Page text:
Curated by: Sonya Jones
A Profession of Care: A History of Oshawa General Hospital’s School of Nursing
During this global pandemic, nurses are needed more than ever. They are essential workers in our health care system whose courage and dedication should be celebrated during normal times, let alone in the midst of the current crisis. Created in partnership with the Oshawa Public Libraries and the Oshawa Museum, this exhibition looks back at Oshawa’s history of training nurses, through the Oshawa General Hospital School of Nursing, to salute healthcare workers everywhere and celebrate their exceptional skills.The Oshawa General Hospital School of Nursing was established shortly after the first hospital building opened in 1910.
During this time, hospital-based nursing schools were opening across Canada. Demand was high for new nurses and the brochures advertising the schools would specifically target young women, often outlining requirements for entry such as, “women of superior education and culture.”
The three-year program at Oshawa General Hospital had its first three graduates in 1913, with the graduation ceremony held at the Oshawa High School (today O’Neill Collegiate & Vocational Institute), a tradition that continued for many years. Life in the early years of the training program was arduous—twelve-hour shifts, seven days a week, with four hours of free time on Sundays. Since there were no tuition fees, students were expected to fully integrate into hospital life, supporting doctors and patients around the clock. Beginning with classroom training, students would then get hands-on experience working alongside doctors and nurses with patients from various departments such as maternity, surgical and pediatric.
The first students’ residence was composed of a few small rooms in the attic of the hospital. Later, a residence was built at 47 Alexandra Street that had a capacity to house forty nursing students. The school grew in the 1920s, which led to the need to fundraise for an addition to the residence. A campaign in 1922, led by the Women’s Auxiliary, raised $15,000 to build 10 more rooms.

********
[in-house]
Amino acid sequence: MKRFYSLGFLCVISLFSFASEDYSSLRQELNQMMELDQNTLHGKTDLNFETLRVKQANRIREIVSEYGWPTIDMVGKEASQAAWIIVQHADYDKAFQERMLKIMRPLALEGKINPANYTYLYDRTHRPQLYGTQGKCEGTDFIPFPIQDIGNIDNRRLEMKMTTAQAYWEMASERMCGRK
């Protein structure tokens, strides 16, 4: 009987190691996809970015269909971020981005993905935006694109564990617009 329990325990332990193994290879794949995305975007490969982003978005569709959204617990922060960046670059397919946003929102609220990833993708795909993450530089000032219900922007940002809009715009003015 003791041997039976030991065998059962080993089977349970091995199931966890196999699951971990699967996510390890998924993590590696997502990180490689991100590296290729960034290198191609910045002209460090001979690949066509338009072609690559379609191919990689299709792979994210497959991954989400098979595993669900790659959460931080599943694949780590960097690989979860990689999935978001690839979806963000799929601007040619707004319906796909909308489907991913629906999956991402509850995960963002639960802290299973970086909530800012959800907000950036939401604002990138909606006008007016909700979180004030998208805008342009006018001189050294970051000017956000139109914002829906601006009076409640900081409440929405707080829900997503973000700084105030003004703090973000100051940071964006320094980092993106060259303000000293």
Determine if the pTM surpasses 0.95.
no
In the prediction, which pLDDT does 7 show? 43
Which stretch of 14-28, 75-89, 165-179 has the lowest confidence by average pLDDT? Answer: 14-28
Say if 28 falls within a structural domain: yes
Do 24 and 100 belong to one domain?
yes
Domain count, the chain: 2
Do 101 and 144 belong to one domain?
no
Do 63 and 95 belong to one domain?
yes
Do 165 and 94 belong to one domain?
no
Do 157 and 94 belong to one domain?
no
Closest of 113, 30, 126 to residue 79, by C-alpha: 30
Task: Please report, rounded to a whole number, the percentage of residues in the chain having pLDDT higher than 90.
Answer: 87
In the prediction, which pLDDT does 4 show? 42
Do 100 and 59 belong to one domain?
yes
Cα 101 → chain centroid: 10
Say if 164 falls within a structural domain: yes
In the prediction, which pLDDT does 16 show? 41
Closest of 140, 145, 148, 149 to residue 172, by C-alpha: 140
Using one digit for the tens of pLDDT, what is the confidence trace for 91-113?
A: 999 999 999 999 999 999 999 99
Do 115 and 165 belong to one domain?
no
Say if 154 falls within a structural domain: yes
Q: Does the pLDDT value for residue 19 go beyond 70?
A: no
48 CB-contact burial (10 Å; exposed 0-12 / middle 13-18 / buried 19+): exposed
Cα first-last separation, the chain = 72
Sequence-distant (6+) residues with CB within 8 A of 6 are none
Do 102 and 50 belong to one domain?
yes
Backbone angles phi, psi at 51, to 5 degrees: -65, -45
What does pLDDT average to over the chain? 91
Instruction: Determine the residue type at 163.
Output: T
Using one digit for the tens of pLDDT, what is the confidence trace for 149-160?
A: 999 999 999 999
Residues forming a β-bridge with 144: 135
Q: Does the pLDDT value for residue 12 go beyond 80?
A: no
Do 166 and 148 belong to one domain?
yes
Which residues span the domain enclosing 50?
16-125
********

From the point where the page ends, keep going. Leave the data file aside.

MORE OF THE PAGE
In the 1940s, enrollment continued to increase, and the school was in desperate need of more space. Colonel and Mrs. R.S. McLaughlin donated the funds to build a new nurses’ residence. In November of 1947, McLaughlin Hall opened and was described as being among the finest of its kind in Canada. It was also during this period that new educational requirements for enrollment were established, including Secondary School Diploma credits in mathematics and sciences.More renovations were needed in the 1960s to further accommodate the growing school. The basement of the Oshawa General Hospital, known as the “A Wing” became the new School of Nursing. In addition, the Minister of Health for Ontario changed all three-year nursing programs to two years in order to meet the demand for nursing professionals and began to experiment with standardized curriculum. Hospitals were reluctant to make changes to the programs as each hospital had individualized training programs, and were used to the reliable and inexpensive workers.
As healthcare technology advanced, nursing schools had to adapt. In 1973, the Ontario Government closed hospital-based nursing schools and shifted training to college or university-based programs. As a result of the changes, Oshawa General Hospital’s School of Nursing closed and the program was transferred to Durham College.
In its 60-year history, the Oshawa General Hospital School of Nursing had 1,198 graduates. Throughout the years, the school grew and evolved to keep up with the ever-changing healthcare system and contributed greatly to the community’s overall healthcare services. This exhibition celebrates our local history and is a small gesture to honour the incredible work our current healthcare workers do everyday.
“Student nurses are to be found everywhere, underneath, on top of, running around, jumping over or slithering past patients’ beds…” – Unknown, 1963 Year Book
Click on individual images to see an enlarged version.